Case law updates
COVID-19 – redundancy and furlough: There have been two non-binding tribunal decisions this month considering the tricky issue of whether the existence of the Coronavirus Job Retention Scheme (CJRS) renders a COVID-19-related redundancy unfair. In Mhindurwa v. Lovingangels Care, the judge found that the claimant had been unfairly dismissed when her employer had failed to consider furlough as an alternative to redundancy. In contrast, in Handley v. Tatenhill Aviation, the judge was of the view that the existence of the CJRS did not necessarily render any redundancy dismissal unfair. Whilst seemingly contradictory decisions, the facts of both cases were relevant; whereas the employer in the first claim had failed to give furlough any serious consideration, the employer in the second case had initially furloughed the claimant and could show wider business and financial reasons to justify proceeding with the redundancy. This issue is largely academic now given that the CJRS is due to close at the end of September, but it may be relevant for employers who are currently undergoing redundancy exercises, acting as a reminder that furlough should be actively considered as an alternative to redundancy and that in the absence of a reasonable explanation, the ongoing availability of furlough (albeit now limited) may render the dismissal unfair.
Disability discrimination – knowledge: A recent Employment Appeal Tribunal (EAT) decision provides a helpful reminder that as well as meeting the statutory definition of having a ‘disability’, an employer must know or ought reasonably to know of that disability. The claimant had not disclosed any medical impairment, and the medical report (which in any event is to provide evidence rather than a determination on the issue) did not support the definition being met. The case also highlights that it is the effect of the impairment, and not the impairment itself, which must be ‘long term’, and that this must be judged at the time of the alleged discrimination. [J v. DLA Piper]
Disability discrimination – reasonable adjustments: Reiterating established principles that it will rarely be a reasonable adjustment to pay an employee for a role they are not performing, a disabled claimant was unable to claim pay protection when she moved to an alternative lower-paid role due to her condition. While her previous higher pay had been protected on a temporary basis, it was not a reasonable adjustment for this to continue permanently. [Aleem v. E-Act Academy]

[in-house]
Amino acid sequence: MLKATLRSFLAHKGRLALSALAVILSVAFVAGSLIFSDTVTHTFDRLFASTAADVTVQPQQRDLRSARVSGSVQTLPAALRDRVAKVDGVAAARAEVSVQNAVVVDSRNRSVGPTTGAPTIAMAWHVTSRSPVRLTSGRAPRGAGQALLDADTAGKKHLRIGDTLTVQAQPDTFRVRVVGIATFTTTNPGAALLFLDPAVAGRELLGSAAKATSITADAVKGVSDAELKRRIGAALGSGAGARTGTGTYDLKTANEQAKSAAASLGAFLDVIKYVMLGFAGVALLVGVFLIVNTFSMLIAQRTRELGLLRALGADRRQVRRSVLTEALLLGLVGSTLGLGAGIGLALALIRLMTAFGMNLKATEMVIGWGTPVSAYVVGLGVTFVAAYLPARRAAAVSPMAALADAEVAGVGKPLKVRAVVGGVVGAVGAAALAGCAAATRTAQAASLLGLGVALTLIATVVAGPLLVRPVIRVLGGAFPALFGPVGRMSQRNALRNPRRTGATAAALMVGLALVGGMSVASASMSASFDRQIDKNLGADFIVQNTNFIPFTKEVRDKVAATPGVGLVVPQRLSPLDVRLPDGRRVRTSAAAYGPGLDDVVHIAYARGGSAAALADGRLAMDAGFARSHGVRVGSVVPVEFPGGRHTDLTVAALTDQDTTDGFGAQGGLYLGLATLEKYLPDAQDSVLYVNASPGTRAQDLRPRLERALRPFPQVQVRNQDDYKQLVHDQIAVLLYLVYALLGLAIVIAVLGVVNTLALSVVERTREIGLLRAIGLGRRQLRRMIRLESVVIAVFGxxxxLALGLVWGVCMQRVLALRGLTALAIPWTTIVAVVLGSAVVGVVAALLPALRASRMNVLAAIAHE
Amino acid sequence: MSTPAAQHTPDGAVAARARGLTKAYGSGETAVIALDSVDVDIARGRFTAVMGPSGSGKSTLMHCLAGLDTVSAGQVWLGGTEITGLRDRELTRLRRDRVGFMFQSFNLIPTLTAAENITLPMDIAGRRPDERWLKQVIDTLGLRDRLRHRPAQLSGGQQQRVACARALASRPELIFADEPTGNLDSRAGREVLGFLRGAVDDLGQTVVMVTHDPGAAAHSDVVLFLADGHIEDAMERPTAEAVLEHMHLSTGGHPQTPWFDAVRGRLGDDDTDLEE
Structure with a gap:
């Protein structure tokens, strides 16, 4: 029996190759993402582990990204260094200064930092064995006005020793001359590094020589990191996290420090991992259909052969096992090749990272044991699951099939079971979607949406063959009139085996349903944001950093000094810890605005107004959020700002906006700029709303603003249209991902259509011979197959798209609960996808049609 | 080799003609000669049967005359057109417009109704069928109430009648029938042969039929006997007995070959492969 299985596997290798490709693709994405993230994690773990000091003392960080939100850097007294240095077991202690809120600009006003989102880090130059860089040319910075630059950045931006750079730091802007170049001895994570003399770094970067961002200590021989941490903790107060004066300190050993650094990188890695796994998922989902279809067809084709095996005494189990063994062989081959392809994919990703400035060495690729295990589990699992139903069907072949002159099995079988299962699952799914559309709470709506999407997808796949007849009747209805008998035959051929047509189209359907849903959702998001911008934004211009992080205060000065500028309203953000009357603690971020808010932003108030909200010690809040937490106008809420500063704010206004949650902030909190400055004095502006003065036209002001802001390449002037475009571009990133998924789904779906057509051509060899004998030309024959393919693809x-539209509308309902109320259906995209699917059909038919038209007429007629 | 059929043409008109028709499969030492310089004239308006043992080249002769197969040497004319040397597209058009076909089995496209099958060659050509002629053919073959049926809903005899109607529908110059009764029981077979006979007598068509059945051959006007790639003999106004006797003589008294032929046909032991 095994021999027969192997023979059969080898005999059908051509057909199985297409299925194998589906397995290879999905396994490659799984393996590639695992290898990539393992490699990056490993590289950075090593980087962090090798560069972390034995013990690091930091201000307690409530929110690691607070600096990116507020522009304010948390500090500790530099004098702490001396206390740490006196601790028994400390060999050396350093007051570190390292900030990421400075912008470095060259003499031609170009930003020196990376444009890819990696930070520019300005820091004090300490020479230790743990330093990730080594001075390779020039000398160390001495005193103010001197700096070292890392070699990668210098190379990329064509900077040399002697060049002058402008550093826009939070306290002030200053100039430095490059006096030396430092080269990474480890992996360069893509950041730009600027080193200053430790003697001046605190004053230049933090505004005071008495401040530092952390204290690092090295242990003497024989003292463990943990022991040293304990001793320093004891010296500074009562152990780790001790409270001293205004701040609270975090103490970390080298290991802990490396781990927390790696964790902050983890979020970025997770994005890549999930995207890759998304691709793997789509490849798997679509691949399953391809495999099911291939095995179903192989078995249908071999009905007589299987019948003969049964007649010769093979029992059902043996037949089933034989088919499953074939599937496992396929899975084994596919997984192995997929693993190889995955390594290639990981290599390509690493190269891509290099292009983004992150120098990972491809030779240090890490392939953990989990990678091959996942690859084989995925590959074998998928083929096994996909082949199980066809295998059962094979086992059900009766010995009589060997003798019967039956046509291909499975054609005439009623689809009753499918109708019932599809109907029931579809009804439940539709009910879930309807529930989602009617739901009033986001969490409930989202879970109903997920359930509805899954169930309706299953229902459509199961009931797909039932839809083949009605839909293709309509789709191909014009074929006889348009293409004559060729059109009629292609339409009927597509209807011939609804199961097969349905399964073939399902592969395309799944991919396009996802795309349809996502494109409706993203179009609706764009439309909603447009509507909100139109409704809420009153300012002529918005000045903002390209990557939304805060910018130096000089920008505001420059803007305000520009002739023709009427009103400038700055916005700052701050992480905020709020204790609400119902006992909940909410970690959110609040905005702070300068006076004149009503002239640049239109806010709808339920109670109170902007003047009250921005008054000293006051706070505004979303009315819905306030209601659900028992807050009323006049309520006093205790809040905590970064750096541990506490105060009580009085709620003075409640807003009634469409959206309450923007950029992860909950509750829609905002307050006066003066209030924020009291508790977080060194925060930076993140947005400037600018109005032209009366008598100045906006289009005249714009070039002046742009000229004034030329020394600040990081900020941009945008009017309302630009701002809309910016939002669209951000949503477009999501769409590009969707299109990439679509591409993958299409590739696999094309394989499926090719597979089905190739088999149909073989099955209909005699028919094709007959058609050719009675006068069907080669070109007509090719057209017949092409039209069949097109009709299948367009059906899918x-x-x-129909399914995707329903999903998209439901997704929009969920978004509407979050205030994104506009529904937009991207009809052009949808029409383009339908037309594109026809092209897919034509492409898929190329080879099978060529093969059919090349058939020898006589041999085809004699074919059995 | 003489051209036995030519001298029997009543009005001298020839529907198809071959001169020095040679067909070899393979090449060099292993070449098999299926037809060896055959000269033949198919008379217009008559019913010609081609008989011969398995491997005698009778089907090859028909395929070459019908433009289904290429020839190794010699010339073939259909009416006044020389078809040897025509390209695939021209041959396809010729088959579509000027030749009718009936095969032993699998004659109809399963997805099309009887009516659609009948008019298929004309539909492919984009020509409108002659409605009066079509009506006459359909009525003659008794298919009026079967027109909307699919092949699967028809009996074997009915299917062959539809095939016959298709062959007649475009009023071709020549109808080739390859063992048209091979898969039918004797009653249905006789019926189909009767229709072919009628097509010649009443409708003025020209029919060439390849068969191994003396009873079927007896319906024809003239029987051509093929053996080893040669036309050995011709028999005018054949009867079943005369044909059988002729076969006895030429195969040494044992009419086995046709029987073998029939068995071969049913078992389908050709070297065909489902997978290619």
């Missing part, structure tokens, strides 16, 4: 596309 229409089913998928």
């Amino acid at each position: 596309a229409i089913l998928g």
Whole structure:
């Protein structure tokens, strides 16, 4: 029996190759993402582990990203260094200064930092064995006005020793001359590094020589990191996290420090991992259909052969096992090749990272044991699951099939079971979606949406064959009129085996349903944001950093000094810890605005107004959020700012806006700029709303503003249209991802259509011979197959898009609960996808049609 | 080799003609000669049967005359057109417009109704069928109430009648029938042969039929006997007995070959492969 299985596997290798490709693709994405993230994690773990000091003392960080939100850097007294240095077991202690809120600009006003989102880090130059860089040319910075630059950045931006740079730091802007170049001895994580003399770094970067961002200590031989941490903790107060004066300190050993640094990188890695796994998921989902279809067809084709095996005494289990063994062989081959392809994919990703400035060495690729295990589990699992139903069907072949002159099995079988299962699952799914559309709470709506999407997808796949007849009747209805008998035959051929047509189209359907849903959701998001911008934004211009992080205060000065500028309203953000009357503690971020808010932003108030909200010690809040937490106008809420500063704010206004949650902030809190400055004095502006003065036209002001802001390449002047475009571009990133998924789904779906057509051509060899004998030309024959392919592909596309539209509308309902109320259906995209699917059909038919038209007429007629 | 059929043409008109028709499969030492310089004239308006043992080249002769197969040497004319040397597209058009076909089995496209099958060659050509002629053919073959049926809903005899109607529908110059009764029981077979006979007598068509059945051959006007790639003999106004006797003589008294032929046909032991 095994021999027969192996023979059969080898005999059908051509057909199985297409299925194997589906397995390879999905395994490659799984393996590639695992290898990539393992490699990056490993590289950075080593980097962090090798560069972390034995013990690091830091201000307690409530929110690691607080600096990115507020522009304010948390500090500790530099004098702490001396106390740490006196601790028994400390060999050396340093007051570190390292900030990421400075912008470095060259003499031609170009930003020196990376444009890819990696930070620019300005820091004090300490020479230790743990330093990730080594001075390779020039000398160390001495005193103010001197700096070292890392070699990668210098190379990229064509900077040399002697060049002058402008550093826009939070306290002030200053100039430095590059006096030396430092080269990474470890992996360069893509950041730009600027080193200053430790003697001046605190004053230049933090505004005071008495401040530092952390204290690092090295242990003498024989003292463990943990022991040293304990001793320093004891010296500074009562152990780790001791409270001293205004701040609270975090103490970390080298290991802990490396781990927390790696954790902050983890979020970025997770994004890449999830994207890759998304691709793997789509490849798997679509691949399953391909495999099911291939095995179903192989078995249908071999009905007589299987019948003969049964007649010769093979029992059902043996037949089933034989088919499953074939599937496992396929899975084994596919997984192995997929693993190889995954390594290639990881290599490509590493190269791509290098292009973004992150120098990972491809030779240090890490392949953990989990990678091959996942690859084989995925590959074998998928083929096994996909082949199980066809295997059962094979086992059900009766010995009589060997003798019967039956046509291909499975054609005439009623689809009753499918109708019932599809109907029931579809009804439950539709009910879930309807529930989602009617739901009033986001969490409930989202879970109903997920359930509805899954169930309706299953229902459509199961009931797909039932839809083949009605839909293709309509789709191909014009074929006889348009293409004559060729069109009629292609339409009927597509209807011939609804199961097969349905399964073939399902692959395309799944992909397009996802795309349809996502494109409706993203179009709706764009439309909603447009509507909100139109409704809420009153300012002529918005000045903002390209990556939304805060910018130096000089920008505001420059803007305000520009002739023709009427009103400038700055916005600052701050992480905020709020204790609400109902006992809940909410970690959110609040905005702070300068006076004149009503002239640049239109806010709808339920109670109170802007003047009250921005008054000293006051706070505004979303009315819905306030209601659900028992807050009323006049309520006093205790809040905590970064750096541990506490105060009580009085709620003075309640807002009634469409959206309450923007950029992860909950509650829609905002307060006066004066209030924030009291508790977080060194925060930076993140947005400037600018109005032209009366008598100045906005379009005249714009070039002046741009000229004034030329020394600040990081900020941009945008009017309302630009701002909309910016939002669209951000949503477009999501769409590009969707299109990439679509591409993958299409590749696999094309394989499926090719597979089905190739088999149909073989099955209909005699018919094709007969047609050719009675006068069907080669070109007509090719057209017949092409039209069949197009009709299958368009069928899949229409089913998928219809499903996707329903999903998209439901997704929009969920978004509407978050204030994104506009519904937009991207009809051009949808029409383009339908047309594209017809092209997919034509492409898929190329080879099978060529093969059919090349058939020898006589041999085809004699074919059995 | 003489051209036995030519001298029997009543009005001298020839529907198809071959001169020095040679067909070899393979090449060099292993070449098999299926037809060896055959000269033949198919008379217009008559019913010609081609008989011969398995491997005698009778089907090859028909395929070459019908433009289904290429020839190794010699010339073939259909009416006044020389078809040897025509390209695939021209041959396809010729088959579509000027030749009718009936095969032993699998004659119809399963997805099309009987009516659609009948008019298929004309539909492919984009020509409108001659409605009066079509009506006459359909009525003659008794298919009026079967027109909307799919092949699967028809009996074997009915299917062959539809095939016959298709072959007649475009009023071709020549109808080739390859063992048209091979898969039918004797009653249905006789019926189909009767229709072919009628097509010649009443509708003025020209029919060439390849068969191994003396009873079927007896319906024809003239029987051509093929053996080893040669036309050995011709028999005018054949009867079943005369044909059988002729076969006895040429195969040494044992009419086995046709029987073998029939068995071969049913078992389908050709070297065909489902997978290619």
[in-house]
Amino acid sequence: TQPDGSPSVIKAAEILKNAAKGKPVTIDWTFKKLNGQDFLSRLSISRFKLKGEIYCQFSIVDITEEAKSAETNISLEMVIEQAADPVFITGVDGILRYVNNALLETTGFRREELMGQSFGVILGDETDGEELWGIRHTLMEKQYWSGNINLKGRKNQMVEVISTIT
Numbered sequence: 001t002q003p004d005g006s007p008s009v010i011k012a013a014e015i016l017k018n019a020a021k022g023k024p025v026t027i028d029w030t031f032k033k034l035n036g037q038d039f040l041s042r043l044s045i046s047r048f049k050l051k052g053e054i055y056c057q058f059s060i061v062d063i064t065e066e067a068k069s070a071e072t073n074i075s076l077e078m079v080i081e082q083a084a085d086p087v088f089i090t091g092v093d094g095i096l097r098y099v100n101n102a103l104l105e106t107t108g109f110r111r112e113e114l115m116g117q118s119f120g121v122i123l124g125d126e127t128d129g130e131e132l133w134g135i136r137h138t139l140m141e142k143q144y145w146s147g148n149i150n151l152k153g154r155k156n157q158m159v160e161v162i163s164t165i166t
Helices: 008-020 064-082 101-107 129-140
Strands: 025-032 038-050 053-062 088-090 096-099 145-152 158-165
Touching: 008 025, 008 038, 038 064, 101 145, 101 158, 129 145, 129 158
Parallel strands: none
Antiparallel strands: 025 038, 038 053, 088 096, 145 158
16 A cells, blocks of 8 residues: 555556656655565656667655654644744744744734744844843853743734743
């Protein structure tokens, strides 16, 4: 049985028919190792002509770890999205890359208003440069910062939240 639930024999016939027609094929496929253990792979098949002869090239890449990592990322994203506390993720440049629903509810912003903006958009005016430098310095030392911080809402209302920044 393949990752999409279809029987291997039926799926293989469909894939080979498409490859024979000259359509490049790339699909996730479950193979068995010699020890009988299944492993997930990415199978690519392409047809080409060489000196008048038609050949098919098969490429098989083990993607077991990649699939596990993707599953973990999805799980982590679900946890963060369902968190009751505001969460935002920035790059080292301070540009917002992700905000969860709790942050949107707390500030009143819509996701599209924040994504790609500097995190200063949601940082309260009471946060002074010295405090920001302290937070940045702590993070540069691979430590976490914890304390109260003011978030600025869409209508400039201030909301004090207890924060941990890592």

Disability discrimination: The EAT has held that an employer’s absence management policy which included discretion to redeploy an employee as an alternative to dismissal where there were concerns about levels of attendance nevertheless placed a disabled employee at a significant disadvantage as they remained at greater risk of dismissal where discretion to redeploy was not exercised. Employers with similar policies should proceed with caution, but they can avoid liability where (as was the case in this matter) they take all reasonable steps and adjustments to avoid any disadvantage arising. [Martin v. Swansea]
Discrimination – genuine occupational requirements (GORs): The existence of a justifiable GOR for a particular role can be a defence to discrimination, although the tribunal held on the facts of the case that a requirement for an actress not to be visibly pregnant did not amount to a GOR – although accepted that the character should not be visibly pregnant, it was possible to film in such a way as to conceal her pregnancy. Interestingly, the GOR provisions of the Equality Act 2010 refer to a requirement for a person to have a particular protected characteristic, rather than not to have one – this case involved the latter, but the legal interpretation issue was not considered by the tribunal on this occasion. Although specific to the circumstances, it is a reminder that justifying a GOR can be difficult for employers. [Kinlay v Bronte Film and Television]